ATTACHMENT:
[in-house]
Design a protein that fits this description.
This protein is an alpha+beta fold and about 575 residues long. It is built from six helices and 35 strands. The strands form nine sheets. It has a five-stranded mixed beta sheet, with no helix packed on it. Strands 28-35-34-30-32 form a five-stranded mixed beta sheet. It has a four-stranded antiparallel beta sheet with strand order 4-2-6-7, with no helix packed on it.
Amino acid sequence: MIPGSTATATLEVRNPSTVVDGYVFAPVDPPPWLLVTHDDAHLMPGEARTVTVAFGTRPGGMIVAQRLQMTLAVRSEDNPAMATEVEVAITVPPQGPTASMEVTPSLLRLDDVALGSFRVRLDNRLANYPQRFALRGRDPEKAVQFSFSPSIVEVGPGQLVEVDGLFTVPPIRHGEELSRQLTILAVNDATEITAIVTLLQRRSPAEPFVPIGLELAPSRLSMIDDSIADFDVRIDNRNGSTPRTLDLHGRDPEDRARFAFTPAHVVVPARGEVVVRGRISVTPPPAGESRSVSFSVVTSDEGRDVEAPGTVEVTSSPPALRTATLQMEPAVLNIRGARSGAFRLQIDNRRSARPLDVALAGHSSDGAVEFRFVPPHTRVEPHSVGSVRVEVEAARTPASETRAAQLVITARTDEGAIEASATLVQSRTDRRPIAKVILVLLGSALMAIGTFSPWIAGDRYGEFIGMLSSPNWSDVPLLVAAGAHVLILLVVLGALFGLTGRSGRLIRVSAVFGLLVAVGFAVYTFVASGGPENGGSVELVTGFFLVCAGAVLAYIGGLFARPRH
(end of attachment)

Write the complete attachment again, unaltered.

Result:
[in-house]
Design a protein that fits this description.
This protein is an alpha+beta fold and about 575 residues long. It is built from six helices and 35 strands. The strands form nine sheets. It has a five-stranded mixed beta sheet, with no helix packed on it. Strands 28-35-34-30-32 form a five-stranded mixed beta sheet. It has a four-stranded antiparallel beta sheet with strand order 4-2-6-7, with no helix packed on it.
Amino acid sequence: MIPGSTATATLEVRNPSTVVDGYVFAPVDPPPWLLVTHDDAHLMPGEARTVTVAFGTRPGGMIVAQRLQMTLAVRSEDNPAMATEVEVAITVPPQGPTASMEVTPSLLRLDDVALGSFRVRLDNRLANYPQRFALRGRDPEKAVQFSFSPSIVEVGPGQLVEVDGLFTVPPIRHGEELSRQLTILAVNDATEITAIVTLLQRRSPAEPFVPIGLELAPSRLSMIDDSIADFDVRIDNRNGSTPRTLDLHGRDPEDRARFAFTPAHVVVPARGEVVVRGRISVTPPPAGESRSVSFSVVTSDEGRDVEAPGTVEVTSSPPALRTATLQMEPAVLNIRGARSGAFRLQIDNRRSARPLDVALAGHSSDGAVEFRFVPPHTRVEPHSVGSVRVEVEAARTPASETRAAQLVITARTDEGAIEASATLVQSRTDRRPIAKVILVLLGSALMAIGTFSPWIAGDRYGEFIGMLSSPNWSDVPLLVAAGAHVLILLVVLGALFGLTGRSGRLIRVSAVFGLLVAVGFAVYTFVASGGPENGGSVELVTGFFLVCAGAVLAYIGGLFARPRH